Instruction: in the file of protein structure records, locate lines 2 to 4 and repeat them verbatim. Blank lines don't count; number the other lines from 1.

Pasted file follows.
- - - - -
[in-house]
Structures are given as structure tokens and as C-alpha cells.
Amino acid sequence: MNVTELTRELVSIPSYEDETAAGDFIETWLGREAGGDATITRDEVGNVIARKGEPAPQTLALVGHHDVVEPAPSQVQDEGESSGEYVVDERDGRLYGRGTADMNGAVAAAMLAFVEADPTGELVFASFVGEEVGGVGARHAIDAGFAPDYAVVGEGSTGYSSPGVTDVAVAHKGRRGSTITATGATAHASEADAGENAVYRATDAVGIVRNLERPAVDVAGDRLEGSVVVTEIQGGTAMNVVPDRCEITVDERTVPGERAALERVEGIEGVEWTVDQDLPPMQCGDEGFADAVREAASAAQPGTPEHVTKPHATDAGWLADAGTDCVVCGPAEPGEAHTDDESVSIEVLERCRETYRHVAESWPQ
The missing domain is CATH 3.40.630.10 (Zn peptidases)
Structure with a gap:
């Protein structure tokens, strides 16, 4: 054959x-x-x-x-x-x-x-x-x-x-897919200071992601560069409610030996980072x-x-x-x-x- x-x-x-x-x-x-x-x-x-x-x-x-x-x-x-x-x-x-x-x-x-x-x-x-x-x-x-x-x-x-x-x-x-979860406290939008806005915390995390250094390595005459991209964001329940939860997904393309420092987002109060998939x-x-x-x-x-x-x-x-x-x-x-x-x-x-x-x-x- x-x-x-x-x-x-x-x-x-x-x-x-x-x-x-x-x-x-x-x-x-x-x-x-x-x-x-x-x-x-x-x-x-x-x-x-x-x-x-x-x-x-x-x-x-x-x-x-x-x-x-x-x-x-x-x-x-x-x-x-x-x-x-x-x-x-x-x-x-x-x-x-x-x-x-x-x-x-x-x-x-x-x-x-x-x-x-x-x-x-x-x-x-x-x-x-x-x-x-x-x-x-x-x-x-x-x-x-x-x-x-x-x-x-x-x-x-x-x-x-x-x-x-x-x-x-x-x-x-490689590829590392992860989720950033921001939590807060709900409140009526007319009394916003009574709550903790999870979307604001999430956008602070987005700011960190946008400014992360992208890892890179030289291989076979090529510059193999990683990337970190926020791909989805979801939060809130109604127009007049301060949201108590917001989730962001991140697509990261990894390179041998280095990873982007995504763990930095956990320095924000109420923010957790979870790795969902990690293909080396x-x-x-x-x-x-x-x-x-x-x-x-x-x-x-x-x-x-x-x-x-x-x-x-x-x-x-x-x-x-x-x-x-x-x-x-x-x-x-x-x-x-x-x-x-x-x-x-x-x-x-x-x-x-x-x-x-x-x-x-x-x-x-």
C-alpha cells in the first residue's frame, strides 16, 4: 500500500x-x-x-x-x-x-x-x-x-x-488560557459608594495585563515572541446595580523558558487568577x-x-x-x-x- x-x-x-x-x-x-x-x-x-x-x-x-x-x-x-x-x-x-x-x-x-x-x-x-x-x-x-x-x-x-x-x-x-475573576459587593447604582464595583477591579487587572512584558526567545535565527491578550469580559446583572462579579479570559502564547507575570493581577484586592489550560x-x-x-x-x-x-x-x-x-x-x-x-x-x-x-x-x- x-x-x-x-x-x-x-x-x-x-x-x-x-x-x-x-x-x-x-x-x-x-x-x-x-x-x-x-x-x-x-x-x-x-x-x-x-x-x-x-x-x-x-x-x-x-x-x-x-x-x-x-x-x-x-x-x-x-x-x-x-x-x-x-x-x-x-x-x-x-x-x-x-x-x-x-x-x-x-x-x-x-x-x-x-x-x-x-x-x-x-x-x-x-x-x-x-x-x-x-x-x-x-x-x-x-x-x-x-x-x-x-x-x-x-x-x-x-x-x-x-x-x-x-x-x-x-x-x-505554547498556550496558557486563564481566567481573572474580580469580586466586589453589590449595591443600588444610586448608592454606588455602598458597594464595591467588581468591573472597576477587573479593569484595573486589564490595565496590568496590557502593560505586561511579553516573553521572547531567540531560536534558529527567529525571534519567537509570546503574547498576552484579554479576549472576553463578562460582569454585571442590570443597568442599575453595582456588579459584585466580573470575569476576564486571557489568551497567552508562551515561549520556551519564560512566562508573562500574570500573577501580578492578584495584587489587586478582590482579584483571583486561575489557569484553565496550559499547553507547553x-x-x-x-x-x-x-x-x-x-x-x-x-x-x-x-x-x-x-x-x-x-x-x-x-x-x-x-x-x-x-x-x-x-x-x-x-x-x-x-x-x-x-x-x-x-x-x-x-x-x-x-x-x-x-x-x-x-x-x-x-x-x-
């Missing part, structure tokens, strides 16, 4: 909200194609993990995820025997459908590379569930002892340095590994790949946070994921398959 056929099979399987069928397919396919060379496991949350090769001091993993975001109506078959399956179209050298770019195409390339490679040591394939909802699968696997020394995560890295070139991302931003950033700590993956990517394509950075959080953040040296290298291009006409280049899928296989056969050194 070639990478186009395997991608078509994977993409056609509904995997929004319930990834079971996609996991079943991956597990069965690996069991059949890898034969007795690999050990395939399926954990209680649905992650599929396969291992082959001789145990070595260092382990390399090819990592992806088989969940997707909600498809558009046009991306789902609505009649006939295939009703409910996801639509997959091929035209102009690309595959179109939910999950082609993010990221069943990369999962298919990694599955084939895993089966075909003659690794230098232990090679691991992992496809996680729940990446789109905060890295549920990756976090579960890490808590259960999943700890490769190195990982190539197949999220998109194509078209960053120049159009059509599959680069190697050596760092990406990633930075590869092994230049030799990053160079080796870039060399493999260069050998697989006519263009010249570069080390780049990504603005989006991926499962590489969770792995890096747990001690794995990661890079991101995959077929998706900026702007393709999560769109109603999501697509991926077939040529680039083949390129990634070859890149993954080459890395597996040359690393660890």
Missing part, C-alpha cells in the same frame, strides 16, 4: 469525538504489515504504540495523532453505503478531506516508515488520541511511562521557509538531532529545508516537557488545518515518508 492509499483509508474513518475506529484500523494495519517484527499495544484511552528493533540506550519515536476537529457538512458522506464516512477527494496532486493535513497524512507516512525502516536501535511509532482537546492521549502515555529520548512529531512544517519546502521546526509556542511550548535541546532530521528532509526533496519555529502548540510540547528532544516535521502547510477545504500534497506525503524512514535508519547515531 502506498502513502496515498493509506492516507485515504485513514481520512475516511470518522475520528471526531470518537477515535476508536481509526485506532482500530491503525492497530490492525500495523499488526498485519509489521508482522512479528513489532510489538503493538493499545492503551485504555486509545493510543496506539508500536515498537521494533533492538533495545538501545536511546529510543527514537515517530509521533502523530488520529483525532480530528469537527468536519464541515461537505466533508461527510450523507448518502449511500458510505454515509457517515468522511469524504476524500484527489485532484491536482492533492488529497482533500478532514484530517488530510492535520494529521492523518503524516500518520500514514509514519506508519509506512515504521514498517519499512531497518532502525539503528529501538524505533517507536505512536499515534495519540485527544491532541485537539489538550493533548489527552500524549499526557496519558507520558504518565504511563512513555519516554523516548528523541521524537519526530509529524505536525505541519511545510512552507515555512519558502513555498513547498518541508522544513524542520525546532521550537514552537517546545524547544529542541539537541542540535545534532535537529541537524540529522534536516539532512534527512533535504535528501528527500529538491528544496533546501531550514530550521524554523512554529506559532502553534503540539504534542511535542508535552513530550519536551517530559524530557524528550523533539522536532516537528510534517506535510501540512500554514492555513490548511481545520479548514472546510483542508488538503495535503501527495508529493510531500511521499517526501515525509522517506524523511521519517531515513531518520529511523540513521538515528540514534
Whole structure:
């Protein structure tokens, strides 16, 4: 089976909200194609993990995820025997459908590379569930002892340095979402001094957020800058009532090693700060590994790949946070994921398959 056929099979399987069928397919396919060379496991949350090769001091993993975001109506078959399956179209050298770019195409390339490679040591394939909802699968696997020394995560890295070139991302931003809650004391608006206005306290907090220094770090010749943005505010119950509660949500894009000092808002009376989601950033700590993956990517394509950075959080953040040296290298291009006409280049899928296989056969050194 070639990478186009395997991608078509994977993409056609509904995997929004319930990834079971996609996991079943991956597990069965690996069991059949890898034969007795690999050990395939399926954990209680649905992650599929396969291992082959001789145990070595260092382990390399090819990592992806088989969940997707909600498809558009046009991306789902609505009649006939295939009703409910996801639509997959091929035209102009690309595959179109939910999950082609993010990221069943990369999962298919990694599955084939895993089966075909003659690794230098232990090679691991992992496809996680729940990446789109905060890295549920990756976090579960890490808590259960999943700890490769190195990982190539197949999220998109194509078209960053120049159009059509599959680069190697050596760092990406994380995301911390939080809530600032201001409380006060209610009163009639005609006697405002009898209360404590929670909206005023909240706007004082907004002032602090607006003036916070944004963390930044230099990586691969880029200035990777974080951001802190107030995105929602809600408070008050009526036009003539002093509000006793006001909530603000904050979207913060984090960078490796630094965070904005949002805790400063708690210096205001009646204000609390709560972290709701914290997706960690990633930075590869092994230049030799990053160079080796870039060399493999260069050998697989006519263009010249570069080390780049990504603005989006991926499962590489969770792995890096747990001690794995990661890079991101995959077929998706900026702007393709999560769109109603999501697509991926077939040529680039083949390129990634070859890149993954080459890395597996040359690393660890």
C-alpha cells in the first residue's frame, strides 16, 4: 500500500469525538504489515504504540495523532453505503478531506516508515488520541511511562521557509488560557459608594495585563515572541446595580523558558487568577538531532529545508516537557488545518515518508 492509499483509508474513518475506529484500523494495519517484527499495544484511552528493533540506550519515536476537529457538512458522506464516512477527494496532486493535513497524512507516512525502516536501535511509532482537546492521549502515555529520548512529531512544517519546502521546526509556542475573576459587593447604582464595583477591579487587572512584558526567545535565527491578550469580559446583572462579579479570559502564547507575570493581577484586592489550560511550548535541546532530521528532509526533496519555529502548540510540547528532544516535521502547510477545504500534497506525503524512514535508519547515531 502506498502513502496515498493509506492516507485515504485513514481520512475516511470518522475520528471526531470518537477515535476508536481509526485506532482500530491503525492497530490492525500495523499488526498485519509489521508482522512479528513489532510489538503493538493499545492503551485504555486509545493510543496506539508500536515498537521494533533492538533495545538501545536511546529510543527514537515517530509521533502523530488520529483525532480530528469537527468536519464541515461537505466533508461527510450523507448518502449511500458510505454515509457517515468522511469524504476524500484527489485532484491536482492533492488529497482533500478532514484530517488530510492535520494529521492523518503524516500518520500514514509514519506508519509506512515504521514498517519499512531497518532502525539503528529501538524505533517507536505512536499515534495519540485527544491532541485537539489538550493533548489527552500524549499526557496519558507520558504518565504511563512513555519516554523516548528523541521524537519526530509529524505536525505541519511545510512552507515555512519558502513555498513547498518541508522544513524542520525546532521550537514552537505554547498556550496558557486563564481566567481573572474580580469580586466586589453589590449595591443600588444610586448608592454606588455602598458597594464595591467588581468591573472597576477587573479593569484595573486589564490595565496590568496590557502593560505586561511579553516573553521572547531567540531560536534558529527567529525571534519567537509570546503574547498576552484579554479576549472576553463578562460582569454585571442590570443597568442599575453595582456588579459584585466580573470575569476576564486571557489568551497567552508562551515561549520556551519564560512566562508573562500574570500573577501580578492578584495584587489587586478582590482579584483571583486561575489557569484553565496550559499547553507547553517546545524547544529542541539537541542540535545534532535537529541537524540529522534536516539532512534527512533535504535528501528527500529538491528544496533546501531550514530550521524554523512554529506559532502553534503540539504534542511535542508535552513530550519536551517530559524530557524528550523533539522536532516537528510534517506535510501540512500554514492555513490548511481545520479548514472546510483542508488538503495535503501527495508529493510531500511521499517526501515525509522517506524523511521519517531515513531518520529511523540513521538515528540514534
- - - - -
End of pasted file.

Structures are given as structure tokens and as C-alpha cells.
Amino acid sequence: MNVTELTRELVSIPSYEDETAAGDFIETWLGREAGGDATITRDEVGNVIARKGEPAPQTLALVGHHDVVEPAPSQVQDEGESSGEYVVDERDGRLYGRGTADMNGAVAAAMLAFVEADPTGELVFASFVGEEVGGVGARHAIDAGFAPDYAVVGEGSTGYSSPGVTDVAVAHKGRRGSTITATGATAHASEADAGENAVYRATDAVGIVRNLERPAVDVAGDRLEGSVVVTEIQGGTAMNVVPDRCEITVDERTVPGERAALERVEGIEGVEWTVDQDLPPMQCGDEGFADAVREAASAAQPGTPEHVTKPHATDAGWLADAGTDCVVCGPAEPGEAHTDDESVSIEVLERCRETYRHVAESWPQ
The missing domain is CATH 3.40.630.10 (Zn peptidases)